Sunday, May 06, 2001

Three grandchildren thrive with Mom, Pop

By Mike Pulfer
The Cincinnati Enquirer

        When Enquirer readers peeked in on Bruce and Lana Cookingham a year ago, they got a fascinating look at five lives in transition.

        In a grueling series of developments, the Cookinghams, now 58 and 57 years old, had assumed temporary, then permanent custody of their three grandchildren, Clarissa, 6, Chelsea, 5, and Grayson “Tiggy” Cookingham Jr. 3. And they assumed the physical and emotional challenges that came with them.

        Today, “Well, we're all alive,” jokes Mrs. Cookingham, a St. Bernard resident.

[photo] Bruce Cookingham cuddles with his grandson GRayson.
(Enquirer photo)
| ZOOM |
        Clarissa, who “used to throw herself against walls because she didn't have the words to express herself,” is now finishing kindergarten. In professional language, she had been classified as “developmentally delayed with emotional problems.”

        Since she came to live with her grandparents, “she has done extremely well — academically and emotionally,” Mrs. Cookingham says.

        Chelsea, who had been malnourished in her first two years of life, has benefitted from occupational and speech therapy and a preschool operated by Mental Retardation and Developmental Disabilities (MRDD).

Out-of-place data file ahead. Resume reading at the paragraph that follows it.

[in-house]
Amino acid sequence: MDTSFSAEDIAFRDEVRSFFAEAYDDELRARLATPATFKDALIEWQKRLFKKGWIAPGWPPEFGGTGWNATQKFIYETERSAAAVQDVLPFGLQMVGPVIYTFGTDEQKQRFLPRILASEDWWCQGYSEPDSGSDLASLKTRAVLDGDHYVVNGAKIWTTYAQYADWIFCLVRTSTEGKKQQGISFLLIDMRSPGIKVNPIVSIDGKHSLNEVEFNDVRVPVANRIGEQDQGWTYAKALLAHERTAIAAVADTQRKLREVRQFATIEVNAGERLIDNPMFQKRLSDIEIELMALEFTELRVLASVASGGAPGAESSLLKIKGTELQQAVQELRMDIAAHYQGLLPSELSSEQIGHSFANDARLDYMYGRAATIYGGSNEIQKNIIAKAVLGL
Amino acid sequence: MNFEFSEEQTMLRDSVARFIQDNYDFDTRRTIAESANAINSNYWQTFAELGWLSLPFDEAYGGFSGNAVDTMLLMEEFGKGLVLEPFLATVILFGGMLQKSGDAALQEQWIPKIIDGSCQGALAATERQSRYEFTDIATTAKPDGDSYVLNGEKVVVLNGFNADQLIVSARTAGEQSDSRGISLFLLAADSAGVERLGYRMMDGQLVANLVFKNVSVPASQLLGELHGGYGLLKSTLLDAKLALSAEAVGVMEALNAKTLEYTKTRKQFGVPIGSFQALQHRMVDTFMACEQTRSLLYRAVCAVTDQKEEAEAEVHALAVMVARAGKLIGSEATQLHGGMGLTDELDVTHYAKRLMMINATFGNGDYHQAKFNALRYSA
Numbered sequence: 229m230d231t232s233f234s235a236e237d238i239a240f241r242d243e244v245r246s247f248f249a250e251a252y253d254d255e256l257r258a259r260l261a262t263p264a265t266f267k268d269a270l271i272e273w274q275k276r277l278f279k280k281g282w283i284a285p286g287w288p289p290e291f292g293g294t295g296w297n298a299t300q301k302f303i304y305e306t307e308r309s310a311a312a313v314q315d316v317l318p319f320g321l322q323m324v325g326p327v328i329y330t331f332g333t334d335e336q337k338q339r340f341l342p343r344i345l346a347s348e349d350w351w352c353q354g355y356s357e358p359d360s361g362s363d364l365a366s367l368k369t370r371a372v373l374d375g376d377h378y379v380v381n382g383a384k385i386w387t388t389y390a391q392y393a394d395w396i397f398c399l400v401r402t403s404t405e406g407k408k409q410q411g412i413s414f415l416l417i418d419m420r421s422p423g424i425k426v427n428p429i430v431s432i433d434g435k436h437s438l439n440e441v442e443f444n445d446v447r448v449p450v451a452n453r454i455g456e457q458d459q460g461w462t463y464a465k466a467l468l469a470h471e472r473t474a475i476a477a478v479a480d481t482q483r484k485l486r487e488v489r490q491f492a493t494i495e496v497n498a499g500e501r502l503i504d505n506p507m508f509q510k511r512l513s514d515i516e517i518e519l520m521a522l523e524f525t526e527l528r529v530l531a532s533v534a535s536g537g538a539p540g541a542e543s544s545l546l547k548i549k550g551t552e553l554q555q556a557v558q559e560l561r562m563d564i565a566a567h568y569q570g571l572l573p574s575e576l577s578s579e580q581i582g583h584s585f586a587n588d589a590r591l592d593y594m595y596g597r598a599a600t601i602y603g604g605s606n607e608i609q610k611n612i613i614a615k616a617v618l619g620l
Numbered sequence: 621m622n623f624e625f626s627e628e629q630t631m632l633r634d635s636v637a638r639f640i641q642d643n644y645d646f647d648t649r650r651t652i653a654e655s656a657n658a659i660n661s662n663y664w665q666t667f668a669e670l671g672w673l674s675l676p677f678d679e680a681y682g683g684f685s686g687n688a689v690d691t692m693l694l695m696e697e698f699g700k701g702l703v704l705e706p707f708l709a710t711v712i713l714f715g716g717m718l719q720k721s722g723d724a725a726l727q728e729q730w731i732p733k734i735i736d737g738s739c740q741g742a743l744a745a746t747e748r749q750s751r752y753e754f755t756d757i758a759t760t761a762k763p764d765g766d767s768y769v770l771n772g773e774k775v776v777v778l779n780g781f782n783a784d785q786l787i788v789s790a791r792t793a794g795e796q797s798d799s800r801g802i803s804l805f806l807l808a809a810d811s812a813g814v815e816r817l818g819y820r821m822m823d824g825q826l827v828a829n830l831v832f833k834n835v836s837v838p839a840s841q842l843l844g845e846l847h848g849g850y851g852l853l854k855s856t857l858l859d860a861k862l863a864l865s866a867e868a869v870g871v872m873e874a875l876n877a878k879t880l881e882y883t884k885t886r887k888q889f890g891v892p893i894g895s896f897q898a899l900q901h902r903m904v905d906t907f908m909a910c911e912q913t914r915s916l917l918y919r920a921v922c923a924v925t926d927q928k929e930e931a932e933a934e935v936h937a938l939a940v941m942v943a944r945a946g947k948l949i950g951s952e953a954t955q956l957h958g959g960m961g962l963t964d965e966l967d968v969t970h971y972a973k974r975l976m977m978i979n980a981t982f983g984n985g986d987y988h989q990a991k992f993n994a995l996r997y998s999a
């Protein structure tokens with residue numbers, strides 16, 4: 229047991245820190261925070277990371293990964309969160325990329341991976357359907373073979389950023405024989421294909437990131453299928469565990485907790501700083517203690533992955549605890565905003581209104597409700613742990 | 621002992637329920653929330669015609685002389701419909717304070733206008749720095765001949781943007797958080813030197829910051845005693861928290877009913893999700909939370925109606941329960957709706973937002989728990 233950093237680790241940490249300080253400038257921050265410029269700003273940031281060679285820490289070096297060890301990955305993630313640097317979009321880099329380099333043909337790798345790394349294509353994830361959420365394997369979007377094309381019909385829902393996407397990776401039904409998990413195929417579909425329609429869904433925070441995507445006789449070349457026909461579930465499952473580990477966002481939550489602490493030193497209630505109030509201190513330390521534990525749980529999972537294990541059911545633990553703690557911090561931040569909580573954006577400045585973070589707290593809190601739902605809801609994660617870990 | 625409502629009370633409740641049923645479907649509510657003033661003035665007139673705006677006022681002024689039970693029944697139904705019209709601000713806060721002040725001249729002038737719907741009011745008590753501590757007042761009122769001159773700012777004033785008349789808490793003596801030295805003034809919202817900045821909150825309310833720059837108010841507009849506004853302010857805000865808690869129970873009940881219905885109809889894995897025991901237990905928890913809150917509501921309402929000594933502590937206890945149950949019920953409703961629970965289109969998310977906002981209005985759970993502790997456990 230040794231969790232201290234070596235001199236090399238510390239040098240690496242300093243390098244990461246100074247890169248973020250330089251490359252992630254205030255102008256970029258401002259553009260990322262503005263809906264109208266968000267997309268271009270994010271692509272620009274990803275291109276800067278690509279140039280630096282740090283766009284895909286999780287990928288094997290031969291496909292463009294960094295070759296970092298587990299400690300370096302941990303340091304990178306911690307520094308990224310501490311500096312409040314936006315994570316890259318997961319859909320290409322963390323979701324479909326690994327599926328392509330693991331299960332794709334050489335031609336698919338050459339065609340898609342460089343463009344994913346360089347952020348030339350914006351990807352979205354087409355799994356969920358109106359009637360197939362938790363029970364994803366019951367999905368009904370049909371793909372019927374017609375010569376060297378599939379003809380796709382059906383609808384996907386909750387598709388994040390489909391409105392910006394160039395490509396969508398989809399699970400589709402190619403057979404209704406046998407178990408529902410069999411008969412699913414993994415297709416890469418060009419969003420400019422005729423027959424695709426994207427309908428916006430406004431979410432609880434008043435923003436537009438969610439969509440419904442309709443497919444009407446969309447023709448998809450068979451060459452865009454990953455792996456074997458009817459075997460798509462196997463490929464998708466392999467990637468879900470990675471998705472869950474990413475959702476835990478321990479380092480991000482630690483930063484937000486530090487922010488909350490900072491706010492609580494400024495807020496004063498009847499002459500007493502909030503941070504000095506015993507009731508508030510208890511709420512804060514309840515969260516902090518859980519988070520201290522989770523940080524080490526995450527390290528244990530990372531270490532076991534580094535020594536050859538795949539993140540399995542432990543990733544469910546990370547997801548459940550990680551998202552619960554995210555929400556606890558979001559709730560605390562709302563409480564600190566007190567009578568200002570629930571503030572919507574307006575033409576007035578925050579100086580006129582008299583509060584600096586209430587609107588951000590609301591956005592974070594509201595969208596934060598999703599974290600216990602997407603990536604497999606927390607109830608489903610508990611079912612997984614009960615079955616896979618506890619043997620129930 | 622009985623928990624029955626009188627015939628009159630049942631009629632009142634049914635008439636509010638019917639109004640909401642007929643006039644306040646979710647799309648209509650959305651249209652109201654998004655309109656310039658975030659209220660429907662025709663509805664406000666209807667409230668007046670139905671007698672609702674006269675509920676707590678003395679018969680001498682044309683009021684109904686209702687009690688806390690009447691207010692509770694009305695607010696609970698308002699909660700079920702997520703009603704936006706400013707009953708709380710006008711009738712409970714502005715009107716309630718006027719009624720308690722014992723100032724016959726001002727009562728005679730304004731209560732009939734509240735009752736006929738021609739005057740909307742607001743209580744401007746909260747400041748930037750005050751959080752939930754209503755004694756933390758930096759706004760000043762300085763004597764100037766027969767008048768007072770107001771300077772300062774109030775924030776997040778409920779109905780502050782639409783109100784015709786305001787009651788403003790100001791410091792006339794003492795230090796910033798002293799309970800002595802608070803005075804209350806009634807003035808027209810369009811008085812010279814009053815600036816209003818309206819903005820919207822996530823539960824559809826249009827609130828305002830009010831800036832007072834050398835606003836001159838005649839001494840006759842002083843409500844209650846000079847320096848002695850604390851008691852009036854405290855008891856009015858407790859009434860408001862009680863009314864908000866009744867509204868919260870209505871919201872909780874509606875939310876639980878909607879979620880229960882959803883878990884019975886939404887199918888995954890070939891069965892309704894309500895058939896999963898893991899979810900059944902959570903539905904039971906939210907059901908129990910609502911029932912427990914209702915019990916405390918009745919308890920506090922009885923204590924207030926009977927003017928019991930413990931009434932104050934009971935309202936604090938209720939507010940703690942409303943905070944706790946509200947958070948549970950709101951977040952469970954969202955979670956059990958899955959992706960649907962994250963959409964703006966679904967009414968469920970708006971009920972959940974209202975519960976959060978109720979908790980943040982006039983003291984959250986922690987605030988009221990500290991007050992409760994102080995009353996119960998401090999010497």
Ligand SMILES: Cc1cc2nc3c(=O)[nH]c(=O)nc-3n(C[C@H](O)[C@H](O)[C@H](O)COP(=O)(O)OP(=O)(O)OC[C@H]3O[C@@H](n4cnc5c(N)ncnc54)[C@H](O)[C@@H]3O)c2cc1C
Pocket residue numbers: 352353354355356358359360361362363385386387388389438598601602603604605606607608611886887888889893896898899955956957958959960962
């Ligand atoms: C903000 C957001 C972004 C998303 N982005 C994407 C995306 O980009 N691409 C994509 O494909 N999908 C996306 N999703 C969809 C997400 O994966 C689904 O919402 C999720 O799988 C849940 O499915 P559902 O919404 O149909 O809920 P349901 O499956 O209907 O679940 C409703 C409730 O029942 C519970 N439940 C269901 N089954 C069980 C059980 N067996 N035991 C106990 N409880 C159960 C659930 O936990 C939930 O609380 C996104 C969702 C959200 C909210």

Tiggy, who is deaf in both ears, has started to talk and sign.

        “I am thrilled with the kids,” Mrs. Cookingham said. “They seem to be handling the situation very well. It's been tough for them, too.”

        A typical daily schedule has the two grandparents — “Mom and Pop” to the kids — keeping up with as many as 10 appointments, all child-related.

        “Our schedule is so hectic,” Mrs. Cookingham said. “We're learning constantly.”

        The children haven't integrated with other neighborhood kids the way she would like, but, she says, “The problem isn't the children. The problem is us.” Younger mothers don't have a lot in common with the Cookinghams, and the Cookinghams don't have a lot of time to socialize.

        Baby sitters are few and far between. “These are not your average kids,” Mrs. Cookingham said. A sitter would have to be “very responsible.”

        Mr. and Mrs. Cookingham, a certified public accountant and a former junior high English teacher, respectively, had considered early retirement before they discovered Chelsea, at 19 months, was starving. They have given up on the notion.

        “There is no retirement,” Mrs. Cookingham said.

        “We are Mom and Pop,” she said proudly. “If you walk like a duck and you quack like a duck, you're a duck.

        “We are here for them . . . forever and ever and ever.”


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- Three grandchildren thrive with Mom, Pop
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